I have no idea why they recommend the fungicide, I never use it. Also have no idea why they recommend the pesticide...my guess is they are trying to sell pesticide and fungicide lol. The plants are pretty bug proof, the bugs seem to prefer other plants. The tussock caterpillars are about all that give me trouble and that is just for a couple weeks in the spring and I just dust with BT for them and most years that is not even needed.

Some things to watch for.......branches where all the leaves suddenly turn brown and die but stay on the plant, it is stem blight.

If you get tiny red spots, looks like the leaves were sprinkled with paprika......it is not a disease but a sign the plant is unhappy and needs more nitrogen.

I know this is probably more than any of you wanted to know lol but I love BB plants.....and they are so easy to grow but tend to give people such a fit growing them. If you follow the 3 rules I stated I promise you they will flourish. For those that have tried BB and failed and want to try again the newish cultivar Sunshine blue is the way to go......those plants are TOUGH, fast growing and very forgiving of PH and mistreatment. They have a couple drawbacks as well but overall they are quite hard to kill.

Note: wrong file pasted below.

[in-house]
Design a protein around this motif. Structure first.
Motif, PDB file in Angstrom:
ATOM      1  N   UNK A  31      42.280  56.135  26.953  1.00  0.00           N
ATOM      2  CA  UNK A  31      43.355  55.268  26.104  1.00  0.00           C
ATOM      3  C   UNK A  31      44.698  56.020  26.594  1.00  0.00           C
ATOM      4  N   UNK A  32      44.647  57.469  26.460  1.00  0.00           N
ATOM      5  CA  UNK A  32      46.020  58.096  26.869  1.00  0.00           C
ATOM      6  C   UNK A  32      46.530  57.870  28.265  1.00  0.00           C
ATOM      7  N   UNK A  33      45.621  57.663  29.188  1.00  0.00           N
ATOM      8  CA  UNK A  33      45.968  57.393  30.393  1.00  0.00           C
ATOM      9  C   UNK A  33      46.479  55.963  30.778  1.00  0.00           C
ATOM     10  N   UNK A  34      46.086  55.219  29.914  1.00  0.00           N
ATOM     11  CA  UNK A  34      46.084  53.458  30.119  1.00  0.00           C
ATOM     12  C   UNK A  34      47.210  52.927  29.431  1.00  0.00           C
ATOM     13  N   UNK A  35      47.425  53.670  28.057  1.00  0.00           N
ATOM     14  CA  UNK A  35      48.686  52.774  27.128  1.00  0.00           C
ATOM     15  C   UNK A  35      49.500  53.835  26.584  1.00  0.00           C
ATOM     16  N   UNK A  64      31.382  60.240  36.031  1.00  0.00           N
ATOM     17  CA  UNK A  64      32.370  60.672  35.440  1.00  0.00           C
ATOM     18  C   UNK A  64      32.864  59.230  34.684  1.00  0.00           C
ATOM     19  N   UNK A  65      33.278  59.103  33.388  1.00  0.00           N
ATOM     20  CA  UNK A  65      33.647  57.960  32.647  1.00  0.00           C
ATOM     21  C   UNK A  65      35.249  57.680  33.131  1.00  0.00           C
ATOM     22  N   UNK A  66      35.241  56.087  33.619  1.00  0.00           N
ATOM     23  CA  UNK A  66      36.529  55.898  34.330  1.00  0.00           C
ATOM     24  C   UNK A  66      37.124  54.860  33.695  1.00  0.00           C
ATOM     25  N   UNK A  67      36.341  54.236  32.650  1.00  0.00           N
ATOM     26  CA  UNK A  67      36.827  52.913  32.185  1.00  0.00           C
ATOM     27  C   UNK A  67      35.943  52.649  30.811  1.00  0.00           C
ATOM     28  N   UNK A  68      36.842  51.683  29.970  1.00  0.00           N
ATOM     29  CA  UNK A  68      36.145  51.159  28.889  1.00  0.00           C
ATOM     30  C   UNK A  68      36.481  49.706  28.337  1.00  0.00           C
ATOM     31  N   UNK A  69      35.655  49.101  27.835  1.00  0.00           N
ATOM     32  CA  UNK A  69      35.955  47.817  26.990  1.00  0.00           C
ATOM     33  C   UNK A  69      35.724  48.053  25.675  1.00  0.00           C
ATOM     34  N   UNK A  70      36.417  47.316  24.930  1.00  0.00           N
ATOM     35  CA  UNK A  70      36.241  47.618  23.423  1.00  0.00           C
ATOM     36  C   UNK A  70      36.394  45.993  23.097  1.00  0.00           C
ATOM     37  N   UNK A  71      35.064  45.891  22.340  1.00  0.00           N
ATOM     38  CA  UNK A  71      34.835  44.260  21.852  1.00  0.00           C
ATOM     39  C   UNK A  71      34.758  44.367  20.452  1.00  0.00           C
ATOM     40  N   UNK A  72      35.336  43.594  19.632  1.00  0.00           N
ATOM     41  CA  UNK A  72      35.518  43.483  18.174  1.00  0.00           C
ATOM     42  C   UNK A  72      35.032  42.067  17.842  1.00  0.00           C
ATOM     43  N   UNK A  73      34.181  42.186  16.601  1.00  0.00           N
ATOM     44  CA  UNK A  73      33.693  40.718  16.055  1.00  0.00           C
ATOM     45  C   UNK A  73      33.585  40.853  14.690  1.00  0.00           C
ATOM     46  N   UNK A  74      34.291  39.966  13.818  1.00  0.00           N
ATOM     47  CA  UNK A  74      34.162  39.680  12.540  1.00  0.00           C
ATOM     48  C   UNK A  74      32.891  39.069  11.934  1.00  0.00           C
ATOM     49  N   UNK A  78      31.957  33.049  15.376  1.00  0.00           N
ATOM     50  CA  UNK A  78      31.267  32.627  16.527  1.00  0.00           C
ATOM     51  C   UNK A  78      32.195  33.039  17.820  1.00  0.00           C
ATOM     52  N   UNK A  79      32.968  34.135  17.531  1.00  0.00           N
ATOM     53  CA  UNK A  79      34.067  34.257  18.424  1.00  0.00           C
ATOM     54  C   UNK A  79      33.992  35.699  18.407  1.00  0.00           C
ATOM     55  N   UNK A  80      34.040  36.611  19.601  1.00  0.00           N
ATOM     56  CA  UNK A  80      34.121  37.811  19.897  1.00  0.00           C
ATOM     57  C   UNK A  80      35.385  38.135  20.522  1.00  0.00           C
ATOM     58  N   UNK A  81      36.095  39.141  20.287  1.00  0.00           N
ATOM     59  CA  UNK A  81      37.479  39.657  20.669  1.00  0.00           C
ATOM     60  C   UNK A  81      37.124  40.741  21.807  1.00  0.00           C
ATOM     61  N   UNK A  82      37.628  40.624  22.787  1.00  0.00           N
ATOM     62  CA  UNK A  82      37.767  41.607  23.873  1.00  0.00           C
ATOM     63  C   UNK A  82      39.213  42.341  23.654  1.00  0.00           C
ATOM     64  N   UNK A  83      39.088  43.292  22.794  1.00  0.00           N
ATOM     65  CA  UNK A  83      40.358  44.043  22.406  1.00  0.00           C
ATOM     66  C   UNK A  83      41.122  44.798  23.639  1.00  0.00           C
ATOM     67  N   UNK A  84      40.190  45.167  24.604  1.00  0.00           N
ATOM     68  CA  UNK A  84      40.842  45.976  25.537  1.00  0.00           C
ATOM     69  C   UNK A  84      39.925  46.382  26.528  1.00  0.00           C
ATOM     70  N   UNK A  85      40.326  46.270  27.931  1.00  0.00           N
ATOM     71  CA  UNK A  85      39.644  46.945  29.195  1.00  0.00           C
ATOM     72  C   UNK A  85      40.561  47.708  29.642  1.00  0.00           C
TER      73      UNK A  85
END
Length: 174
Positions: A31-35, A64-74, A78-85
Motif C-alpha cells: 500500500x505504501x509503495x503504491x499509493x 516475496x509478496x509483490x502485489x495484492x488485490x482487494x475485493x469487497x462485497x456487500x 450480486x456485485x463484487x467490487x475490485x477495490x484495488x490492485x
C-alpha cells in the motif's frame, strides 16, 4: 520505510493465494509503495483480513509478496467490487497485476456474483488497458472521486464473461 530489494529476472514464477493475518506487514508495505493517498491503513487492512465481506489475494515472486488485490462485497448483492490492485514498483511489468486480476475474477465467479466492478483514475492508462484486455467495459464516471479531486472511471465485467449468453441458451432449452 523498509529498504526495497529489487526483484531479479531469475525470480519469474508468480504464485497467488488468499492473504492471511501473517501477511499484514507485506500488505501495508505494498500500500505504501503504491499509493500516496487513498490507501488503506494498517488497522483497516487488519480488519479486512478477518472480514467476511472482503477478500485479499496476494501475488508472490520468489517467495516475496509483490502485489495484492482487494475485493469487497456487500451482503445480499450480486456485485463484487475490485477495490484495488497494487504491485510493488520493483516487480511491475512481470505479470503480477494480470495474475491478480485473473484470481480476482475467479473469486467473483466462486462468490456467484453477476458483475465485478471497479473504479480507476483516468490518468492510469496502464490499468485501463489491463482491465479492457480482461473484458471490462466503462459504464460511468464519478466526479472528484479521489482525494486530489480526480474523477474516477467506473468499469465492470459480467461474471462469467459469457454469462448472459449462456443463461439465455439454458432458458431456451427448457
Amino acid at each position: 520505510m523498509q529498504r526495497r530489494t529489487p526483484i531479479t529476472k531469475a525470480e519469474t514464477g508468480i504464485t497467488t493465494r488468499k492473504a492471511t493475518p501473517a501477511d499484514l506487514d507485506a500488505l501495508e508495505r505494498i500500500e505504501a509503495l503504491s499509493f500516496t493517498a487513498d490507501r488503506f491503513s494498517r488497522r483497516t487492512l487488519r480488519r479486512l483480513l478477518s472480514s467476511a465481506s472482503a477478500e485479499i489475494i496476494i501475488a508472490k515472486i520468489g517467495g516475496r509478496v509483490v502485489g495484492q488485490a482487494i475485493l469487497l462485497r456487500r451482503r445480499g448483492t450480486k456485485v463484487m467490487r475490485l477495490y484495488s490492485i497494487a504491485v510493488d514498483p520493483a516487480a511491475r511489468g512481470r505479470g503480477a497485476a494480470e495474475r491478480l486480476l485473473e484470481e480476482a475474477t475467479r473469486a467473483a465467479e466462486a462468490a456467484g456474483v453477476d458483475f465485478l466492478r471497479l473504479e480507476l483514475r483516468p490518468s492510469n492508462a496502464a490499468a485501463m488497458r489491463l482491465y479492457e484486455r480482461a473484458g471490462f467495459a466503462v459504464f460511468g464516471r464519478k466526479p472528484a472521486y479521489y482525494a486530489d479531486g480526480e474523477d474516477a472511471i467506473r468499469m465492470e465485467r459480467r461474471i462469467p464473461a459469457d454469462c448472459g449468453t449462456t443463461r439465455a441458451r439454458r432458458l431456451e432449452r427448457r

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clipped on: 10.20.2010 at 07:44 pm    last updated on: 10.20.2010 at 07:51 pm

Blueberry lovers

posted by: therealdeal on 10.09.2010 at 07:56 pm in Florida Gardening Forum

Hello all. I just picked up a few Blueberry bushes. Gulf Ccoast, Emerald and one other one I cant think of right now.

I was given this info for care. What do you think? Seems pretty striaght forward and good advice. I am particuallry interested in your thoughts on the fert section and spraying sections.

Thanks.

Care of Blueberry Vaccinium spp.

Habit of growth: Mostly upright, some varieties spreading. A shrub or small tree 4-6 feet if pruned properly.

Location: Full sun for best flowering and fruiting.

Soil: Ideally, likes strongly acidic soil.

pH of 4.0 - 5.5. Mulch with oak leaves or pine needles. Needs rich, organic soil with peat.

Water: Plenty of water; moist soil, but do not allow to stand in water.

Salt Tolerance: Not tolerant.

Freezes: Leaves freeze at 29�F. Hardy when dormant in winter.

Cultivation: Blueberries have shallow roots, so do not till land around them. Weed control is essential because if their shallow roots.

Fertilizer: 7-5-8 Azalea granular fertilizer on March 1st, June 1st and August 1st; 2-10-10 granular bloom booster fertilizer on November 1st and February 1st. Citrus nutritional spray at a rate of 1 tbs. per gallon water 1-2 times per year in spring and early summer when new growth is 3/4 grown.